What Can I Use to Help Get My Dog Out of Our Above-Ground Pool?

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Above-ground pools are a great way to keep the whole family cool during the summer heat, but what about your dog? It will also enjoy a swim occasionally, but without stairs at one end like many in-ground pools have, it's a little more difficult for Fido to get in and out of the pool without human help. Dogs are naturally able to swim, but many tragic accidents occur when the dog can't get out of the pool and no one is around to help.

Ramps

  • Companies offering dog supplies have a variety of ramp products that can be used inside the pool to help your dog get out. The "scamper ramp" is a plastic ramp covered with non-slip rubber material that fastens onto the sides of the pool and uses the water for flotation.

    Some ramp models have removable legs that can be attached to the underside of the ramp, enabling better support in the water. The dog needs swim onto the ramp and then scamper up it to get out of the water. This is only effective, however, with dogs that are young and fit and will not work as well for an elderly or overweight animal, or a tiny pet.

Portable Stairs

  • Several models of pool stairs are available from the pool and accessory retailers. The stairs are immersed in the water at the edge of the pool and secured against the frame. Some models have a ladder that fits against the outside of the pool. This is only suitable for humans, as few dogs are able to use a ladder. A set of stairs used inside the pool and aligned with another set on the outside may work, provided the steps are wide enough for your dog. Make sure the surface of the outside stairs is non-slip under the dog's paws, or glue rubber matting onto each step for better grip.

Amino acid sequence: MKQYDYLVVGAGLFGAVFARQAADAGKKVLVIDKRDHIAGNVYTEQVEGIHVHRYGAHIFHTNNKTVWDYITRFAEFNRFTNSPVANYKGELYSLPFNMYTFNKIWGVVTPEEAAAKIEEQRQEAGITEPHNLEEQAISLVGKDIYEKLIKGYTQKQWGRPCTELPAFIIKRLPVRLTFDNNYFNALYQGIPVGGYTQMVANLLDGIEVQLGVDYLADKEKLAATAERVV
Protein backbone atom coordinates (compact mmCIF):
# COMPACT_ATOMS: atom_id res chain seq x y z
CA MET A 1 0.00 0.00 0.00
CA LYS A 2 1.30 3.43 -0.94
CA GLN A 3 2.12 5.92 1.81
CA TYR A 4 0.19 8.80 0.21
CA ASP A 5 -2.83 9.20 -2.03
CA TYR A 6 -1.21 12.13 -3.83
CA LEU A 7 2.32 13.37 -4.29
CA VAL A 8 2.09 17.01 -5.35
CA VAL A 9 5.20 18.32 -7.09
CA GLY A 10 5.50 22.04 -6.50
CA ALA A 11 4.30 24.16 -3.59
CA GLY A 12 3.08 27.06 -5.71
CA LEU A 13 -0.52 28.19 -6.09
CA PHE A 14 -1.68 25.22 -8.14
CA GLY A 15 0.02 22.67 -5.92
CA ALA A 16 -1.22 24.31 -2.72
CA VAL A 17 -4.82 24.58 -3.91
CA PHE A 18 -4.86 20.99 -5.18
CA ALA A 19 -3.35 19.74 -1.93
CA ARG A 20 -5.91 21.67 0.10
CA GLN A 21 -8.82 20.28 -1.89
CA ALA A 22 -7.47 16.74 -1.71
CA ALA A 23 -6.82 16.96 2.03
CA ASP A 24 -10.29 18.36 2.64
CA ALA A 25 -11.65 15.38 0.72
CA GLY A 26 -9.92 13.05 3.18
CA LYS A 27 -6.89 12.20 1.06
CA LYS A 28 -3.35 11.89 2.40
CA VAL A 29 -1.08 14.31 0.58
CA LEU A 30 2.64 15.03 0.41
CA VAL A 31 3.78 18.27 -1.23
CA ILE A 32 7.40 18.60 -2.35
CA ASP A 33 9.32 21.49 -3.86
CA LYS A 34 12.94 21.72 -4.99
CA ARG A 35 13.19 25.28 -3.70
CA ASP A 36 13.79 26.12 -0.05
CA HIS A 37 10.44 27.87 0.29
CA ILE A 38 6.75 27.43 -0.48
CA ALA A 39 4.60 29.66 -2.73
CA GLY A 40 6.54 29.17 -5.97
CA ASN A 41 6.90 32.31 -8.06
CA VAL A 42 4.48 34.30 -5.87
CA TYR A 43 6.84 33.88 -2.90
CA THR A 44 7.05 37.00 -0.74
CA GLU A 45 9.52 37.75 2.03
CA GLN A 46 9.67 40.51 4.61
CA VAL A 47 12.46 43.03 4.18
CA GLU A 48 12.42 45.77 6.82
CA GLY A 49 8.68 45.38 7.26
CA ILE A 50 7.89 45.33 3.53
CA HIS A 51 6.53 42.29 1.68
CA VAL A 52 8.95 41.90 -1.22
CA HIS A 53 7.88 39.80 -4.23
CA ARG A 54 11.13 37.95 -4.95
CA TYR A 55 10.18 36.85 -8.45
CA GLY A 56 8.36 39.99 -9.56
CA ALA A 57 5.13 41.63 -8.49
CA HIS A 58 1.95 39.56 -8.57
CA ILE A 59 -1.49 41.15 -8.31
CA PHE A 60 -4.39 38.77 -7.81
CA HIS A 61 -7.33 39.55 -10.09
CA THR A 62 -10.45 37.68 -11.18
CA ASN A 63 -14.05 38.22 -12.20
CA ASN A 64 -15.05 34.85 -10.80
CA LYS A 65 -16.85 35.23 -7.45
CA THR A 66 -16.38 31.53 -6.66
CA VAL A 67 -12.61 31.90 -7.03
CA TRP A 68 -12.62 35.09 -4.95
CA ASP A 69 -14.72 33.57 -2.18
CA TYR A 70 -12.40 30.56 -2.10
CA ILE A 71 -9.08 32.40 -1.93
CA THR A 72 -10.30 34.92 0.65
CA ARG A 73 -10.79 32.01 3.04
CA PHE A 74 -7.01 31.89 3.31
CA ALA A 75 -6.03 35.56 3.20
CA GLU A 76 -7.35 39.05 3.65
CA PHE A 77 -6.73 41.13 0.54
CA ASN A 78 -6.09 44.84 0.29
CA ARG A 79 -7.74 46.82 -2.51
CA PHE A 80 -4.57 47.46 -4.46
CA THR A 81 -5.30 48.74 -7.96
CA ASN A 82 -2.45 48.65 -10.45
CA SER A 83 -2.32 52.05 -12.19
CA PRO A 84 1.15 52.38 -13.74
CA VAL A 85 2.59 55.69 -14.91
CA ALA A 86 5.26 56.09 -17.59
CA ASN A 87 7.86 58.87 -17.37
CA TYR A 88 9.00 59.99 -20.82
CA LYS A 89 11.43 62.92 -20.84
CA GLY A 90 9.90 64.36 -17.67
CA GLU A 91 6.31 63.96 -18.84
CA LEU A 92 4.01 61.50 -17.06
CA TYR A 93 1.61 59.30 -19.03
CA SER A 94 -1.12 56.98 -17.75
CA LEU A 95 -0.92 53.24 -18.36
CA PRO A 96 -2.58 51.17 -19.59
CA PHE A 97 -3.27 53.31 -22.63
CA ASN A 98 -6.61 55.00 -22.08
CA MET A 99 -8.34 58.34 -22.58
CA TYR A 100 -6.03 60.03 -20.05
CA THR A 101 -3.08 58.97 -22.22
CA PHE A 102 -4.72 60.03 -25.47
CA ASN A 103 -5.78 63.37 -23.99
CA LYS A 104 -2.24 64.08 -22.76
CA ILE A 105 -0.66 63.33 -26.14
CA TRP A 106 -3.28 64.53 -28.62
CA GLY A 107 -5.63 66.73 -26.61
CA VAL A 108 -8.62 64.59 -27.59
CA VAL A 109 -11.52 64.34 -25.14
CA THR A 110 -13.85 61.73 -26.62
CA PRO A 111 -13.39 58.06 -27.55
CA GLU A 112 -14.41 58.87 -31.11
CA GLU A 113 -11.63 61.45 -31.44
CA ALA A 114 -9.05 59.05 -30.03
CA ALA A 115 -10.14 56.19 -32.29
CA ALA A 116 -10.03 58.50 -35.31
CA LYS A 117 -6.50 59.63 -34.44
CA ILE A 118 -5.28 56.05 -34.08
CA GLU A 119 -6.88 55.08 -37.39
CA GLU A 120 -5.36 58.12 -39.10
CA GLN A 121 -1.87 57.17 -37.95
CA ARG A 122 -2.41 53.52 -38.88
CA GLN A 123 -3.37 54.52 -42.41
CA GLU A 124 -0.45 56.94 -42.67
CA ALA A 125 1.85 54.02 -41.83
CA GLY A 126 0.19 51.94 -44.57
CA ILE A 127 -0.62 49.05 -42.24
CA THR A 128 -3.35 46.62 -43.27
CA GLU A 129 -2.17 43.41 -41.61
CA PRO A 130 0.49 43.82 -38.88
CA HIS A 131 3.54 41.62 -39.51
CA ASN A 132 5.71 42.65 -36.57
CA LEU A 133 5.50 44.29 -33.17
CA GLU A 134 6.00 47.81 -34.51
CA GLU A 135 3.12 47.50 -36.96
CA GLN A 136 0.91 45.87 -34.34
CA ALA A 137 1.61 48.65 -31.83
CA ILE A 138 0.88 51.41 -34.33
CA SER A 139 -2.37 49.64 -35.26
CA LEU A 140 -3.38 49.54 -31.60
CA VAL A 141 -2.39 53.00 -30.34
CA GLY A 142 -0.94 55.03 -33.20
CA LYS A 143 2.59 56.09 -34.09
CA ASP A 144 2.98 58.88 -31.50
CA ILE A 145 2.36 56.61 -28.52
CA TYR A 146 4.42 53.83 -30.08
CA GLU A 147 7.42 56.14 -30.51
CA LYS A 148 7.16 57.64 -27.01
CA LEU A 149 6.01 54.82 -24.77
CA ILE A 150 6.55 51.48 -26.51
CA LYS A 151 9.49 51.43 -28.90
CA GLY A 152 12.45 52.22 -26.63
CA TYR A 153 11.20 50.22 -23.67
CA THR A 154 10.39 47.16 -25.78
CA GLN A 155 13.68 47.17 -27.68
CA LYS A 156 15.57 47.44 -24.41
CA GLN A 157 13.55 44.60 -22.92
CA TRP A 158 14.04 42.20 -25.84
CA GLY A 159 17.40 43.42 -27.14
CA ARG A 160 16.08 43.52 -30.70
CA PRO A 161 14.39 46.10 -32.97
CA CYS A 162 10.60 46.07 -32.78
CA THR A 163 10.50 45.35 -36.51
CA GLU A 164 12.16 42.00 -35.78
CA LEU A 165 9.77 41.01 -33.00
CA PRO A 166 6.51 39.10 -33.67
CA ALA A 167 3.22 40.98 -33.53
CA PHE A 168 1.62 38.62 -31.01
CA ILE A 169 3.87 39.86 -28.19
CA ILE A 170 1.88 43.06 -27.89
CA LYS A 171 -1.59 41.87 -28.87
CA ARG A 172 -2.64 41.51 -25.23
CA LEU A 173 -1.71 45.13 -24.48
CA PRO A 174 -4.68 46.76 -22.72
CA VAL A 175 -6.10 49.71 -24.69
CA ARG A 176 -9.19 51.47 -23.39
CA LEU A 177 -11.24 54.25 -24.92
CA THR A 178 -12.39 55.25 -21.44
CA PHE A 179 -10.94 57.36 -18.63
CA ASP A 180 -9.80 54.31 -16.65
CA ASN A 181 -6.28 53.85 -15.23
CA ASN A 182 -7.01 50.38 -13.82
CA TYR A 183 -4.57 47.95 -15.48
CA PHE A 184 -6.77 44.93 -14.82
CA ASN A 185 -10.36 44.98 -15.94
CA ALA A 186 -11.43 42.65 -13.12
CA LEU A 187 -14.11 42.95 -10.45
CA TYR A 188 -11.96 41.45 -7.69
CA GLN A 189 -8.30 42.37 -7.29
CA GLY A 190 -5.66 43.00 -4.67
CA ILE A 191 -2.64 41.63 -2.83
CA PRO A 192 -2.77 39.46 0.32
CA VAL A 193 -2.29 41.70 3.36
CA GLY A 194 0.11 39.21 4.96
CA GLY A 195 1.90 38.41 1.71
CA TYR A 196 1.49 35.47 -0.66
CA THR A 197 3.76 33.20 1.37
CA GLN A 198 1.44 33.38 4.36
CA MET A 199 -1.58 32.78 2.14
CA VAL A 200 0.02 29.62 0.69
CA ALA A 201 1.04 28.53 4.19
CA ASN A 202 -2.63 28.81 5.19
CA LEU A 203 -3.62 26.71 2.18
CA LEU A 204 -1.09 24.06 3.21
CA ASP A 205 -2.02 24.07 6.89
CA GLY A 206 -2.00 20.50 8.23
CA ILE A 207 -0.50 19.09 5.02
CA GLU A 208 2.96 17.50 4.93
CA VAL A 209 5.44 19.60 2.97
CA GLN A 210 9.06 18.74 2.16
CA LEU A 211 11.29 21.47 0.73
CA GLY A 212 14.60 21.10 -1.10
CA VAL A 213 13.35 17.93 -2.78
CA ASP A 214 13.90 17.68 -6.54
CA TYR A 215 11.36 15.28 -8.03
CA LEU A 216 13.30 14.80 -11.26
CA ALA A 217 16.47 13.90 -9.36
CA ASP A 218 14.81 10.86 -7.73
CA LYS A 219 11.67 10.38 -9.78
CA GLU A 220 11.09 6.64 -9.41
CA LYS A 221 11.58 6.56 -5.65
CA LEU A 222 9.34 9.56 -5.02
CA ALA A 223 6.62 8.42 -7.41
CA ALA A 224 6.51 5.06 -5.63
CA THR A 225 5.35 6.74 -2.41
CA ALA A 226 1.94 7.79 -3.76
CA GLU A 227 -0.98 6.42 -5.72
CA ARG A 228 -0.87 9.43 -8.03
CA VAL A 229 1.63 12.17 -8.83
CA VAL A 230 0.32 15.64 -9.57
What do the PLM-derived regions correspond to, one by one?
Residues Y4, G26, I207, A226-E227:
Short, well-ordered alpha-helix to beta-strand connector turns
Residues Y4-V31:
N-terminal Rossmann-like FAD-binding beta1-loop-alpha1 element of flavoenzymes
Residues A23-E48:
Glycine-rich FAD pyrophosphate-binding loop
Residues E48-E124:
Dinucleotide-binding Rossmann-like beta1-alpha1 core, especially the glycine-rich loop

A-Frame

  • The typical A-frame apparatus used on dog agility courses can offer a temporary solution, if your dog is familiar with the frame and fit enough to use it. The A-frame is made of two wooden or aluminum panels lined with rubber, which are assembled by hooking one panel onto the other at the top of the A. The dog scrambles up one side, over the top and down the other side. Place one panel inside the above-ground pool wall and the other on the outside. This is especially useful if you don't want the dog to swim without supervision, as it can be set up only when you need it.

In an Emergency

  • If your dog has managed to get into the pool and you are not able to lift it out, an emergency measure could be to place a plastic garden chair against the side of the pool for the dog to stand on. This will give it support and provide you with leverage to pull it out. Take care that the dogs doesn't get injured by jumping to the ground once you get it out.

References

  • Photo Credit Hoby Finn/Photodisc/Getty Images
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